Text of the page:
I sit outside the open door so I can hear the coffee perking.
Ooh, that sun feels good! Spike and Bridget agree with me.
It’s warmer outside the BLT this morning, than inside. I sprinkle more birdseed on the ground under the ironwood tree. I fix my coffee and settle into my camp chair.
I love the little Black-Throated Sparrows with their white facepaint and black bibs.
A flock of eight of them visits our campsite every day. They all seem to live in harmony. Sometimes one will run over to another and touch beaks. They move so quickly I can’t tell who’s feeding whom.
The Mourning Doves bring a different atmosphere to the seed buffet
They swoop in with much ado, flapping wings at each other, bullying, and hopping about in hormonal hissy-fits. Usually they drive off the sparrows. And can they chow down! Geez, I’m going to have to buy more seed.
It’s always a pleasure, however, to see Mr. and Mrs. House Finch arrive.
They like to dine at the hanging feeder, getting right inside it. Rarely do they join the hustle-bustle of birds on the ground. Their chirping is a delight to hear.
I notice a Cactus Wren perched at the very top of “our” saguaro.
He’s facing the sun singing his heart out, but he doesn’t visit the happy throng enjoying breakfast before me.
The Cactus Wren flies away, and a Gila Woodpecker claims the saguaro.
He clings to its side among the thorns. Sometimes he drinks from the hummingbird feeder.
Last but not least are the Anna’s Hummingbirds. When positioned toward the sun, their crown and neck glow irridescent pink.
And their aerial maneuvers make the fighter jets that occasionally fly over from the missile range seem slow and clumsy!
My thoughts turn to mundane matters.
While I watch the birds, I take stock of my situation. I’ve got almost-full propane tanks and water tank, and near-empty waste tanks. (I took care of those tasks the day before yesterday.) It’s almost laundry time again. And I’ll need groceries again soon. Buying groceries at small stores in small towns really increases my outlay for my food, for the crew’s food, and for daily-living sundries. I mull this over until I see a way I can cut down on my spending at mom-and-pop groceries with their high prices.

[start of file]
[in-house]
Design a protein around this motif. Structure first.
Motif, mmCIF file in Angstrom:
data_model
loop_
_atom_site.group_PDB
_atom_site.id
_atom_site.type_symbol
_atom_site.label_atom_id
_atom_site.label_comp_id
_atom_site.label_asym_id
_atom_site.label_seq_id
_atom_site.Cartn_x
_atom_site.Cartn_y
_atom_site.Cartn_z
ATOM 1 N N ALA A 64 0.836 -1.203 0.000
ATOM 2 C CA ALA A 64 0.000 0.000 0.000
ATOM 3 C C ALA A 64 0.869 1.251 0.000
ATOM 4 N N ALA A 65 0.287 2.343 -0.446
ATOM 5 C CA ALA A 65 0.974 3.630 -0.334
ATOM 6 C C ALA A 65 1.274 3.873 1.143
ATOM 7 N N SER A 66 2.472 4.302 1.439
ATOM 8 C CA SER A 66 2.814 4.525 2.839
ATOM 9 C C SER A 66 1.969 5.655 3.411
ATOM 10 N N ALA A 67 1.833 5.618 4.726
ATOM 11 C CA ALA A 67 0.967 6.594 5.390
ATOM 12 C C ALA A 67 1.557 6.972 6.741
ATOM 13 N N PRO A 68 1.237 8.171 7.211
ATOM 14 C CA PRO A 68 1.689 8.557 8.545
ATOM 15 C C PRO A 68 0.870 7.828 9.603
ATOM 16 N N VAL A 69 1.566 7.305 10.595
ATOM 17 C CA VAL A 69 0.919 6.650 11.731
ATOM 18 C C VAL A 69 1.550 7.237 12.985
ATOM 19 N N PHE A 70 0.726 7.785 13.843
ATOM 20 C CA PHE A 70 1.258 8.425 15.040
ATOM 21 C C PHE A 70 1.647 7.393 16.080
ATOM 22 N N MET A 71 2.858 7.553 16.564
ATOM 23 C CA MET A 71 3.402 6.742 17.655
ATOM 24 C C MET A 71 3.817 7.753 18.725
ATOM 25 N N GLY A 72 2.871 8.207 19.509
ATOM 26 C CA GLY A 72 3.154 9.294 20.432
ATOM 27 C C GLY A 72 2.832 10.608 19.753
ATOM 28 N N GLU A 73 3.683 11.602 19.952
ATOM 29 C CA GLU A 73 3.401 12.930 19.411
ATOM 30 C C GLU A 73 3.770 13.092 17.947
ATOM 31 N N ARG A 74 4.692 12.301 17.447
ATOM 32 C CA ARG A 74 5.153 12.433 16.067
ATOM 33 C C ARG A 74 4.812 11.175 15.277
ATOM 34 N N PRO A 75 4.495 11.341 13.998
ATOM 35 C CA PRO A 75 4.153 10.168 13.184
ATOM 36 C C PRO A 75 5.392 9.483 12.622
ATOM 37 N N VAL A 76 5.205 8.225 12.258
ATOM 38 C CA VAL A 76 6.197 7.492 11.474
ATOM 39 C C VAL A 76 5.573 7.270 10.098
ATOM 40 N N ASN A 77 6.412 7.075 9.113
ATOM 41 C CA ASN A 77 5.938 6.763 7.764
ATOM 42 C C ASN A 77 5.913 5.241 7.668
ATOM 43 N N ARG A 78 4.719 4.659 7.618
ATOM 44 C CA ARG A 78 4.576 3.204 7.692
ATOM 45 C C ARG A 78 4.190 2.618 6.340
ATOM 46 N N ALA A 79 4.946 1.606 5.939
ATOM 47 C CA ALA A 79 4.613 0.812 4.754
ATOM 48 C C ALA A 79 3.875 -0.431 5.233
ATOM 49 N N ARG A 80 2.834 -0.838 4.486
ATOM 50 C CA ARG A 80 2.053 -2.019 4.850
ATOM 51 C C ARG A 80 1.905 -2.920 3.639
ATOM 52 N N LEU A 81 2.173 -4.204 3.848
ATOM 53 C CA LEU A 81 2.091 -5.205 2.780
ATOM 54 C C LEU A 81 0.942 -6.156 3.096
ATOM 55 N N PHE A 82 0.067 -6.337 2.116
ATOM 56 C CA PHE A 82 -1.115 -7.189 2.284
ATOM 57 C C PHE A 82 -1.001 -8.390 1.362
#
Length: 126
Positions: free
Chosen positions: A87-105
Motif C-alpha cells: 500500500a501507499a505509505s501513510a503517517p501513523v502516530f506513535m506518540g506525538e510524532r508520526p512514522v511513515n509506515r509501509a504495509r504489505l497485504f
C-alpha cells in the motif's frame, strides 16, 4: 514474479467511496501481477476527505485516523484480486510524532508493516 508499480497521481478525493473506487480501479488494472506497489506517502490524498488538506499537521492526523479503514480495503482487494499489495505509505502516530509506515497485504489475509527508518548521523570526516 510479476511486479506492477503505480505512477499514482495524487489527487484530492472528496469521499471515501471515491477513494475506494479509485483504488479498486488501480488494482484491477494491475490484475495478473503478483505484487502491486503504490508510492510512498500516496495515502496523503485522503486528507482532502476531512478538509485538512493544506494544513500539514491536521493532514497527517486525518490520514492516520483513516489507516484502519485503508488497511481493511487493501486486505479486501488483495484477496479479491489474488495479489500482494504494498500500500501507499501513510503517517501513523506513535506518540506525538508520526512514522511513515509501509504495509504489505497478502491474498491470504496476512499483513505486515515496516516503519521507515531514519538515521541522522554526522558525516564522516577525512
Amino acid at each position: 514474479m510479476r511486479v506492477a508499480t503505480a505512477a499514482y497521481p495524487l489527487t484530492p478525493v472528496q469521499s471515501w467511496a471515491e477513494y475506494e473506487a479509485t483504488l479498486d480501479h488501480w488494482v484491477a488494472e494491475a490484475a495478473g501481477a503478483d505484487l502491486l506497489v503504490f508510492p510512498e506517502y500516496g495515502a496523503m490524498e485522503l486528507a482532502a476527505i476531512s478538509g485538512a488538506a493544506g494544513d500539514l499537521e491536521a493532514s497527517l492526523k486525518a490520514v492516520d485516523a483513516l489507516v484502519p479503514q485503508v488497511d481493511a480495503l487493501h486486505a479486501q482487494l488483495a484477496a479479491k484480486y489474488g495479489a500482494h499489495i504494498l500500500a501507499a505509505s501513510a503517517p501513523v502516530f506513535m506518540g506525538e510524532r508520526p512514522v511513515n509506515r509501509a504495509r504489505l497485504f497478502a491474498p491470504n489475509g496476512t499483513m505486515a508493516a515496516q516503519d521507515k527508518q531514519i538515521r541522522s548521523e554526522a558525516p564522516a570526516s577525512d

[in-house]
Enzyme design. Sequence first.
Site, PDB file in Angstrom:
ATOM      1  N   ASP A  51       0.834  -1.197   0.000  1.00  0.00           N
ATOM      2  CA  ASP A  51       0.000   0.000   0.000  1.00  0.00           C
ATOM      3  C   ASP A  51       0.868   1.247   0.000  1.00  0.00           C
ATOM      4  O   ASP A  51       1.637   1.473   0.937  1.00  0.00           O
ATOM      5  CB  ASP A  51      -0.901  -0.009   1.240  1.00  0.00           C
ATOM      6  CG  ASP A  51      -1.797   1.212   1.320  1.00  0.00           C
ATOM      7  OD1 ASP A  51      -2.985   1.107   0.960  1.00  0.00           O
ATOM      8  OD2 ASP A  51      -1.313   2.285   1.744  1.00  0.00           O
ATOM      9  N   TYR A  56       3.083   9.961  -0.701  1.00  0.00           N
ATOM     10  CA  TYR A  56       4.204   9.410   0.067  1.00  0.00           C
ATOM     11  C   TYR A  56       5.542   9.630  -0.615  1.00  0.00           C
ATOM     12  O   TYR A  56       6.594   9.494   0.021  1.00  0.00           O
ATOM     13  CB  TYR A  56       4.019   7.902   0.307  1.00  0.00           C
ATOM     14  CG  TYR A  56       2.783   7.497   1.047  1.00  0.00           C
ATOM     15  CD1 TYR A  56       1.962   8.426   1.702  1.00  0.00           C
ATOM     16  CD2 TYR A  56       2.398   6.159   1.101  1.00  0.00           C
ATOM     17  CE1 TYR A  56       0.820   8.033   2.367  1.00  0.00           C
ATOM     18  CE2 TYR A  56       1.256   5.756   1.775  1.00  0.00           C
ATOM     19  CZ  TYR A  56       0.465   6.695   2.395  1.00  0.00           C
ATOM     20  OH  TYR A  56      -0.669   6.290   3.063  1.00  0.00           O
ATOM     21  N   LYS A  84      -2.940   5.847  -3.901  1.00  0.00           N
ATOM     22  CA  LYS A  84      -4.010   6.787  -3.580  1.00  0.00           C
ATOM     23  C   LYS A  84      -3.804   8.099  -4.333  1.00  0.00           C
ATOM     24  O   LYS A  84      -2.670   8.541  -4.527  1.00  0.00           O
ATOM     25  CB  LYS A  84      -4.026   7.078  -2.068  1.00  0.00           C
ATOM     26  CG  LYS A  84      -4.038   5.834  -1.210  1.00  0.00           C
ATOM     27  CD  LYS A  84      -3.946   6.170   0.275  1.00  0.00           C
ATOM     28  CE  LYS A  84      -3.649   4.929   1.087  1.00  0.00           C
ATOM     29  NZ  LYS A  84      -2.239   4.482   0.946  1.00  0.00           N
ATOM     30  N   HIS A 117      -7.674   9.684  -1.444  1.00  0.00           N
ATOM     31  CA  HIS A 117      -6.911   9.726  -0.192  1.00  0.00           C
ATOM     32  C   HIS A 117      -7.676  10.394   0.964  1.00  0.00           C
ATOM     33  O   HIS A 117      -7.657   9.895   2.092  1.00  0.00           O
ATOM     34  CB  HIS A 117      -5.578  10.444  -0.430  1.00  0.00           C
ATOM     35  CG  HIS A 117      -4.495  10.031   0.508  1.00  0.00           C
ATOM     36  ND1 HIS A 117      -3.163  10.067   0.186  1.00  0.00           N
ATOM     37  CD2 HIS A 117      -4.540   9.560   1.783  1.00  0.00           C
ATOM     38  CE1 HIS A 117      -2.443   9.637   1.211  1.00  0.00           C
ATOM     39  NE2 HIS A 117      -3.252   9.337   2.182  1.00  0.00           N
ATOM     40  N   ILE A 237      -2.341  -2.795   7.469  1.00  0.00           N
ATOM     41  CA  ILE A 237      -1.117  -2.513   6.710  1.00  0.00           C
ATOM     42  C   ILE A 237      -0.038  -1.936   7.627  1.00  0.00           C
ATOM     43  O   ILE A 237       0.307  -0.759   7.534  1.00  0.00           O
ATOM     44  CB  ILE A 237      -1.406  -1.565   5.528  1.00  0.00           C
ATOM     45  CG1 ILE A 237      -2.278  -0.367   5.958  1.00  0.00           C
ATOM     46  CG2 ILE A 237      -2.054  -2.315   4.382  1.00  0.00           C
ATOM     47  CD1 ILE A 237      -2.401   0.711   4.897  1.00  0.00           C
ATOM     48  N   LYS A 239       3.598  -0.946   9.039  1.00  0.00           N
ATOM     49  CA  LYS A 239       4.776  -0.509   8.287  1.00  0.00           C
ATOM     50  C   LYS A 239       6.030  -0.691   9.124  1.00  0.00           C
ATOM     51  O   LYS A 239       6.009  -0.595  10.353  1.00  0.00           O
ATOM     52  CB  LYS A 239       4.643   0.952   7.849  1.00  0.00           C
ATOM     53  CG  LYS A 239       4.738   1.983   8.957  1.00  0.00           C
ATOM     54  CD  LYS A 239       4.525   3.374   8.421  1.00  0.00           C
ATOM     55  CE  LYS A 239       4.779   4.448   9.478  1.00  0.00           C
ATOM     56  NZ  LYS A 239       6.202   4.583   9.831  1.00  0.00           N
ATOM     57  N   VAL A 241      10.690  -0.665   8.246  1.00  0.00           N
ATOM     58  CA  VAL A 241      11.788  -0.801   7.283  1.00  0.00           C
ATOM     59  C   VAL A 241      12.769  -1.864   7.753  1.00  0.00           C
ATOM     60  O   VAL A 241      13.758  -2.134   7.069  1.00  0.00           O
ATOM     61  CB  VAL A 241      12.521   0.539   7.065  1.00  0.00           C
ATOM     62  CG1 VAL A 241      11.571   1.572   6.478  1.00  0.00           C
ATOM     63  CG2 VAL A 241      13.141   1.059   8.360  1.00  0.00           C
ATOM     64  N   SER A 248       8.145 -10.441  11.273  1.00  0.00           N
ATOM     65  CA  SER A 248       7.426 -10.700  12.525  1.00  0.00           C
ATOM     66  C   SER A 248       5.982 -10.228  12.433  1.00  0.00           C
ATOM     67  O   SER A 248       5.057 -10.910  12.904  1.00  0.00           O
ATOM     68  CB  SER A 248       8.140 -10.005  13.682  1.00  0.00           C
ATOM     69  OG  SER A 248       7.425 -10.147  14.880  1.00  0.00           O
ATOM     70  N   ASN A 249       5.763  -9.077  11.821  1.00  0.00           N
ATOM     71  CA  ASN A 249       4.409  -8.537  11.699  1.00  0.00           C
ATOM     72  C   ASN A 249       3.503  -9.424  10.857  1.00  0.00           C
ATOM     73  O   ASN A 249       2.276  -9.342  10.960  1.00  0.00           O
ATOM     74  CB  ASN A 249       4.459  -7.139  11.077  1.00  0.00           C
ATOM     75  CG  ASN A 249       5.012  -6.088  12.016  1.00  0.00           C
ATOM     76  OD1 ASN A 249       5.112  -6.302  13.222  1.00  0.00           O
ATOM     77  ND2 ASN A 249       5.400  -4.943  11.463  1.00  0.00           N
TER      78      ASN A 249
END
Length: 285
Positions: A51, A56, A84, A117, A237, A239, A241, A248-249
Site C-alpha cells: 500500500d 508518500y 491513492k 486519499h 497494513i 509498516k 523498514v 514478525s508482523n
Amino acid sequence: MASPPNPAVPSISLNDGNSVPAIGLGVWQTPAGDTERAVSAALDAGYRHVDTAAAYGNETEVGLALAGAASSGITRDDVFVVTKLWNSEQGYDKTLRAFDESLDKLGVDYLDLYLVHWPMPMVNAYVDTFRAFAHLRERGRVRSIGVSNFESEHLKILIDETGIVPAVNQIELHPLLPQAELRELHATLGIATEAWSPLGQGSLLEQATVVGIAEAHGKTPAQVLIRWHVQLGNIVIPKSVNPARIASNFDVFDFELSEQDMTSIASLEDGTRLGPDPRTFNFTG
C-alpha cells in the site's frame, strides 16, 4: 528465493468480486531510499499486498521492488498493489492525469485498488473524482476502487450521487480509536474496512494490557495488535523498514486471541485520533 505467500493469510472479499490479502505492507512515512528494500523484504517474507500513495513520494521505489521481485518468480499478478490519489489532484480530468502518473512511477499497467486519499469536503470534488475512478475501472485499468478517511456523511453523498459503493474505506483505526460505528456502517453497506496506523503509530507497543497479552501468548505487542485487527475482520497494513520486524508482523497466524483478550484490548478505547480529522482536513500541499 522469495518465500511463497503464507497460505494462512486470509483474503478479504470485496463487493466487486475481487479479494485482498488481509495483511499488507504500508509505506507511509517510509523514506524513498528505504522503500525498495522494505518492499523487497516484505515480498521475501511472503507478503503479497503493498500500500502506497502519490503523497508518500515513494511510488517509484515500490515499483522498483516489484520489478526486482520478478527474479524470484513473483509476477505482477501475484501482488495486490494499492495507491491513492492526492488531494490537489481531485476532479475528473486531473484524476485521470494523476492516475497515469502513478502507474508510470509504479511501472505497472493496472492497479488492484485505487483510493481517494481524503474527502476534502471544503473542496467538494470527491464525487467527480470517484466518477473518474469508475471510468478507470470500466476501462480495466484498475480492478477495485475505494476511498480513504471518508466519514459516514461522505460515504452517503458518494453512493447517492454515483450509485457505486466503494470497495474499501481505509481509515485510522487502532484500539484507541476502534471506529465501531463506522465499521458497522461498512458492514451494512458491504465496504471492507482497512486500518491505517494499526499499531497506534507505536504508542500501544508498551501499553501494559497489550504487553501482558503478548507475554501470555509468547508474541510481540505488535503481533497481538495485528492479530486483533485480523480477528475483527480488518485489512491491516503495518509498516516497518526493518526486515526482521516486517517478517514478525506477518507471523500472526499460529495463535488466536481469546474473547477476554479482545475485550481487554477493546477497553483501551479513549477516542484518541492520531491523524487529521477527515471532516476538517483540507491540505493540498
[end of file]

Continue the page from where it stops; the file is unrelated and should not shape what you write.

After almost six months, my pattern for full-timing is in better focus.
I’ll travel in spring, summer, and fall, but in the winter, I’ll camp in one general location in the desert. I may have to move to keep within the 14-day limit, but I won’t go far. Winter will be my time to re-discover the desert I’ve come to love, renew my spirit, and re-evaluate my life choices.
Back to the groceries . . .
In late fall, on my way to the desert, I’m going to stock up on groceries at Wal-Mart. Really stock up. Buy by the case. Why not? I’ve got plenty of room in the PTV to store non-perishables, and I won’t be doing much driving so the weight isn’t a problem. Also, I can always hide cases or milk crates of canned goods under the BLT. Saving money makes this old bird sing! Cheep-cheep!
The downside is fewer of my dollars will go to small business, which I would like to support. Oh well, I’ve got to be prudent with my money.
Speaking of spending or not spending my money . . .
Yesterday I checked with my credit card company and found my accumulation of points amounted to $79! I jumped online to Amazon.com and spent it in record time. I like to buy fun stuff with points-money. It balances the miser in me.
Last time I used my points to buy the blue patio mat for $65. This time I ordered acrylic paints, paint brushes, and other artist supplies to be sent to the Ajo post office through general delivery. I love getting packages! What fun!
P.S. Bird identification and photos came from http://www.cabezaprieta.org1/30/12 – 2/6/12 . . . $0 (Wow! Eight days of no spending! Am I low maintenance or what!) 2/7/12 . . . $43.57 groceries, deli lunch, and sundries, $58.16 for 13.94 gal. of gas, $15.98 for 4.2 gal. of propane, $10.00 to dump waste tanks and fill water tank 2/8/12 . . . $0 2/9/12 . . . $0